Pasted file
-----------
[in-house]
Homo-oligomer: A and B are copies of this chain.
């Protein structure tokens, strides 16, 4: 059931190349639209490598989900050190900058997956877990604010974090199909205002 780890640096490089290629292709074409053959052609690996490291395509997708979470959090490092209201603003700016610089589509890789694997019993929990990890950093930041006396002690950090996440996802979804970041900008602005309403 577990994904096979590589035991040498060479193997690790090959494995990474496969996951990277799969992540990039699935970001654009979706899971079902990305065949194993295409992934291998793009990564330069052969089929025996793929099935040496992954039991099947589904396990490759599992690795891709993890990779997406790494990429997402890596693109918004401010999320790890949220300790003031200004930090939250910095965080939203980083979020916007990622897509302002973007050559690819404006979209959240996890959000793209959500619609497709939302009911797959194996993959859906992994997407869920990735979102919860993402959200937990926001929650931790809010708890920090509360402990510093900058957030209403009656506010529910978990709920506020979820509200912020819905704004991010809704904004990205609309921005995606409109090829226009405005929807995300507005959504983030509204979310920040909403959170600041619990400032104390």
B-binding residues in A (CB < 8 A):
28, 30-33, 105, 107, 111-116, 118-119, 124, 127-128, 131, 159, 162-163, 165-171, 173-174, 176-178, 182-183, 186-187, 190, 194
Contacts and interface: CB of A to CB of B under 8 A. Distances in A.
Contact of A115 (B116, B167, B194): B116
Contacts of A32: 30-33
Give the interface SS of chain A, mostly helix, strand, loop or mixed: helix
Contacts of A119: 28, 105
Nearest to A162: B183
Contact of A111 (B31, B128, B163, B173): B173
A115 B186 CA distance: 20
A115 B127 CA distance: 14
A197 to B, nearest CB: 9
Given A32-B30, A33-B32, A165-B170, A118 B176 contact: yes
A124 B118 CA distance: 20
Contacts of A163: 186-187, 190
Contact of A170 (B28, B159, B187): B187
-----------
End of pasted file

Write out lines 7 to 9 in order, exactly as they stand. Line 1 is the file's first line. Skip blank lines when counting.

Contact of A115 (B116, B167, B194): B116
Contacts of A32: 30-33
Give the interface SS of chain A, mostly helix, strand, loop or mixed: helix